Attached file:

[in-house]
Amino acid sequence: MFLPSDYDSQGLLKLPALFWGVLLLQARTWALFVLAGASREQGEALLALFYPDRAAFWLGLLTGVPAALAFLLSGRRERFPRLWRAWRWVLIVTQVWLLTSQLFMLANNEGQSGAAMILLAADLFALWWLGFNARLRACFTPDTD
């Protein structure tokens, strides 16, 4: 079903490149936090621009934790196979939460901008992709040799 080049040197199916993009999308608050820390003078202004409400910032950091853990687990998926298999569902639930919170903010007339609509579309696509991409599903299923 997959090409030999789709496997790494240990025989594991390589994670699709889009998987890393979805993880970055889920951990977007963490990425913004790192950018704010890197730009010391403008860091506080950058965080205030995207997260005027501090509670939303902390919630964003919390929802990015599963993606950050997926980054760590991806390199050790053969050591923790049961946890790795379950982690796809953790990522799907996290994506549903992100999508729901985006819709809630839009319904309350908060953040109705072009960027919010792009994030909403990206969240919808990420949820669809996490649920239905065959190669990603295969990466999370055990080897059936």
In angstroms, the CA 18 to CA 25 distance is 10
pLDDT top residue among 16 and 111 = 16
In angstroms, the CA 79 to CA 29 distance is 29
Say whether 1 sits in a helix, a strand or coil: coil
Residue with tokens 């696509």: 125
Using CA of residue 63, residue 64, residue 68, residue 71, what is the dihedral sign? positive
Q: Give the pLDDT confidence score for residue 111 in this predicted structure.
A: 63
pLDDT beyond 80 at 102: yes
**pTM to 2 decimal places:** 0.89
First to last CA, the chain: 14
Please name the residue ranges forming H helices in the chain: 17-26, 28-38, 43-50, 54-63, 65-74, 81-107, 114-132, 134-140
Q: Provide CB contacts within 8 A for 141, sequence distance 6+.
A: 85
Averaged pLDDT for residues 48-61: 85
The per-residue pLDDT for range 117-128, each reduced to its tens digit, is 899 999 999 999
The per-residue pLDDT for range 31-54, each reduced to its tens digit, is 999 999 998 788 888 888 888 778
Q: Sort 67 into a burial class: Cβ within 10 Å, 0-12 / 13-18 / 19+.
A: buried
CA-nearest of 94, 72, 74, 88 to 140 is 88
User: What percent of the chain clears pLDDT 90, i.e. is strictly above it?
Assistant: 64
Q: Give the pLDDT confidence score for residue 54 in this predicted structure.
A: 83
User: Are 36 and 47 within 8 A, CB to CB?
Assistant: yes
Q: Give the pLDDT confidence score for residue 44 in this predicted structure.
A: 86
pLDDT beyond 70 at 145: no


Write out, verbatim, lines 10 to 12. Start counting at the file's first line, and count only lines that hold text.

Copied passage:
Q: Give the pLDDT confidence score for residue 111 in this predicted structure.
A: 63
pLDDT beyond 80 at 102: yes